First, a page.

Calcium concentration did not vary significantly among different groups of gestation. The correlation in the concentration of calcium and foetal age was highly significant in group I vs II and negatively non significant in groups I vs IV, II vs IV and III vs IV. Also negative non significant correlation was observed between calcium concentration and foetal weight in group II and III of gestation.
       
Phosphorus concentration did not vary significantly from group I to group III and then it increased significantly in group IV of gestation. Aidasani et al., (1993) reported that the average concentration of phosphorus in the amniotic fluid of goat was 4.31±1.31 mg/dl. The negative non significant correlation was observed between its concentration and foetal age throughout gestation (Table 3) and between its concentration and foetal weight in group II and group IV of gestation (Table 4).
       
The mean concentration of copper remained nearly consistent throughout gestation. In humans, fetal copper concentration reportedly increased or remained stable throughout gestation (Hefnawy et al., 2011) where as Parkinson et al., (1981) found that amniotic fluid copper concentration gradually increased during pregnancy. Copper is essential for development of CNS in embryos (Hefnawy et al., 2011). Copper is a component of superoxide dismutase, catalase and cytochrome oxidase and as such plays an important role in oxidation reactions. In addition, by contributing to the formation of ceruloplasmin, copper plays an important role in the absorption and me­tabolism of iron (Lewicka et al., 2017). The correlation of its concentration with foetal age and with foetal weight was negative in group II vs IV and groups I, II and IV respectively, although it was non-significant.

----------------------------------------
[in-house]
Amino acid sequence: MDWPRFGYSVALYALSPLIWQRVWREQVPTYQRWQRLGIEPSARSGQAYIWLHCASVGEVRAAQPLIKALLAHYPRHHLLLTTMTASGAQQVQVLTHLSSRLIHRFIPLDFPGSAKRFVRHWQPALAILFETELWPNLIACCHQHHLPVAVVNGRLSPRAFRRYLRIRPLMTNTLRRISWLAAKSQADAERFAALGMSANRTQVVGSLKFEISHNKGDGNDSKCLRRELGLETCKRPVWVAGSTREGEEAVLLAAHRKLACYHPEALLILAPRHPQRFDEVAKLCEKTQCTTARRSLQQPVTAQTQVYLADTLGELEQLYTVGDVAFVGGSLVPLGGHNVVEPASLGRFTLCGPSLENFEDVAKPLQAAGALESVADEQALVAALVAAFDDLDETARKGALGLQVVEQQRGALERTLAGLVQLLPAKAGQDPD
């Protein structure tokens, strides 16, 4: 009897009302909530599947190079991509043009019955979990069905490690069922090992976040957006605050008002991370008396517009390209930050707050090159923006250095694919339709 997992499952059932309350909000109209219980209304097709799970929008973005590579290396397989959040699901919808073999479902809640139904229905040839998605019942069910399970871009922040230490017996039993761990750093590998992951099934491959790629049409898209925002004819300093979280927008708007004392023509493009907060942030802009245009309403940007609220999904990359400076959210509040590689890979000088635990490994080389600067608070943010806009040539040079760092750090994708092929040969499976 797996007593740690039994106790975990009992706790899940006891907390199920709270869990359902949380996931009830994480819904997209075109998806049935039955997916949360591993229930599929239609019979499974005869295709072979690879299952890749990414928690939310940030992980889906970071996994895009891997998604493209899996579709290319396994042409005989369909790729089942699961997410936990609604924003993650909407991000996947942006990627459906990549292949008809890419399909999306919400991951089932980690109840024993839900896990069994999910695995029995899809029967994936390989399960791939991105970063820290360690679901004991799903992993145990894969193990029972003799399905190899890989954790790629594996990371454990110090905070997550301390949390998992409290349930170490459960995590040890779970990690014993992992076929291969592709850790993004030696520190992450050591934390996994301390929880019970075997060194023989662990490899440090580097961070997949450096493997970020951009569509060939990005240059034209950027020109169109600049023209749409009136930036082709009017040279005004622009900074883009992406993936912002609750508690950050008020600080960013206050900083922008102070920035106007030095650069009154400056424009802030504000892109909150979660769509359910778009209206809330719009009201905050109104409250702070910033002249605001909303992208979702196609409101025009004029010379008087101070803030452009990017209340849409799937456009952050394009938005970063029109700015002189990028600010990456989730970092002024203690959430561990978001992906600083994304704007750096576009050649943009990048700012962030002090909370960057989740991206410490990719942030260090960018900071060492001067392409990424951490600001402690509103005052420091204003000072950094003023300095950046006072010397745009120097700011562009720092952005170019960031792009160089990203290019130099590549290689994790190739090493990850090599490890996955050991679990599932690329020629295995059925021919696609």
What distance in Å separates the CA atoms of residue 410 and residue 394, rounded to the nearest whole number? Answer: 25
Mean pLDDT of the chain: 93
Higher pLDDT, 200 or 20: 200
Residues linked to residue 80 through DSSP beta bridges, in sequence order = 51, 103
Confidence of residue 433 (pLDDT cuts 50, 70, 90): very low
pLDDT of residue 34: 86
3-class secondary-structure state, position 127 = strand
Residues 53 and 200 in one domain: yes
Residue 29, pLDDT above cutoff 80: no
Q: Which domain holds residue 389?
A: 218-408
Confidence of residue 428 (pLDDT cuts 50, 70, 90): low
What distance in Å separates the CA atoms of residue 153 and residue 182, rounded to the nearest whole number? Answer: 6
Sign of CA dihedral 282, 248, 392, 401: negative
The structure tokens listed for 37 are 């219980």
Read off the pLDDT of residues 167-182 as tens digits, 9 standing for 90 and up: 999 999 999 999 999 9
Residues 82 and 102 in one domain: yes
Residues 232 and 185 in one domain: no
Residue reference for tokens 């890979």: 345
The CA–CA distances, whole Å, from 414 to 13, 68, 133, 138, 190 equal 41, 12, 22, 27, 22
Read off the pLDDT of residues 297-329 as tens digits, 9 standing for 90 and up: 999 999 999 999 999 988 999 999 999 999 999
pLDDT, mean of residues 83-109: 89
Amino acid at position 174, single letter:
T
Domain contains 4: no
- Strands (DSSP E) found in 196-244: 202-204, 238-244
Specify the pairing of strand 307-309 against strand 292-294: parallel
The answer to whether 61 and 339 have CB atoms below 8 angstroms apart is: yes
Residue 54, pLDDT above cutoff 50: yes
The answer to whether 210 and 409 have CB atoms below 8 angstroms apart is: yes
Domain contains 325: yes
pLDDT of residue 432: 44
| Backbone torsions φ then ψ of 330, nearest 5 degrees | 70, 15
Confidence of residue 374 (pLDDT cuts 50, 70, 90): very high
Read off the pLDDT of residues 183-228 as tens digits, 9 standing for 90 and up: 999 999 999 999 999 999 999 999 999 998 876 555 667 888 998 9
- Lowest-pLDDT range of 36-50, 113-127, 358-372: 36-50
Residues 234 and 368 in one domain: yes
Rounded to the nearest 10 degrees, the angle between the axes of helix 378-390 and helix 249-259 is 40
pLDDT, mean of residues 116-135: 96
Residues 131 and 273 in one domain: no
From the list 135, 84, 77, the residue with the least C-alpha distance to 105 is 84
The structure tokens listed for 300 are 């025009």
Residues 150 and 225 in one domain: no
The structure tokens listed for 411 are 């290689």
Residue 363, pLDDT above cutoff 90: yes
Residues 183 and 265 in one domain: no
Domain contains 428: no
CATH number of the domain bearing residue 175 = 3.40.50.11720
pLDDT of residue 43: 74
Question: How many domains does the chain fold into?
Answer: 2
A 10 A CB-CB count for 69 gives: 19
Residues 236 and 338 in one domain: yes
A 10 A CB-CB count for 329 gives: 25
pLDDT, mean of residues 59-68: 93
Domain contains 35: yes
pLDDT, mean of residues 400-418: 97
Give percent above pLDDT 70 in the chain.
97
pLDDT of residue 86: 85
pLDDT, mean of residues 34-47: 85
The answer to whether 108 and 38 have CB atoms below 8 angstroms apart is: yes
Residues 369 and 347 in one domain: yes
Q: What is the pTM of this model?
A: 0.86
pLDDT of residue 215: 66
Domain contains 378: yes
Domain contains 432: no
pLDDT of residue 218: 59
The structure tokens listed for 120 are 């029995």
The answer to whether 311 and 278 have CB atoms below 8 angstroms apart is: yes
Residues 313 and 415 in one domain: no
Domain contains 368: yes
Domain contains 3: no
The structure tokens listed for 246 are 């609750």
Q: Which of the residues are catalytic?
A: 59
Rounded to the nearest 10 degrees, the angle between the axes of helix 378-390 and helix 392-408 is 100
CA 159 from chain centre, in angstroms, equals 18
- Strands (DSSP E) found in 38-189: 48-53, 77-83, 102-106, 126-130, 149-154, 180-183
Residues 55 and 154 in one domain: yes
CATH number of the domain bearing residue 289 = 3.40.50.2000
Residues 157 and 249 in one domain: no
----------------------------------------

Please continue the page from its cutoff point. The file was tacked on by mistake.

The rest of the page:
The mean concentration of iron decreased significantly in group III of gestation as compared to other groups. It participates in redox reactions, immune processes and DNA synthesis, as well as being a substrate in the synthesis of heme, the main component of hemoglobin (Lewicka et al., 2017). The correlation between the concentration of iron and age of fetii was highly significant between group I and group II (Table 3). Negative non significant correlation was observed between its concentration and fetal weight in group I and group III of gestation.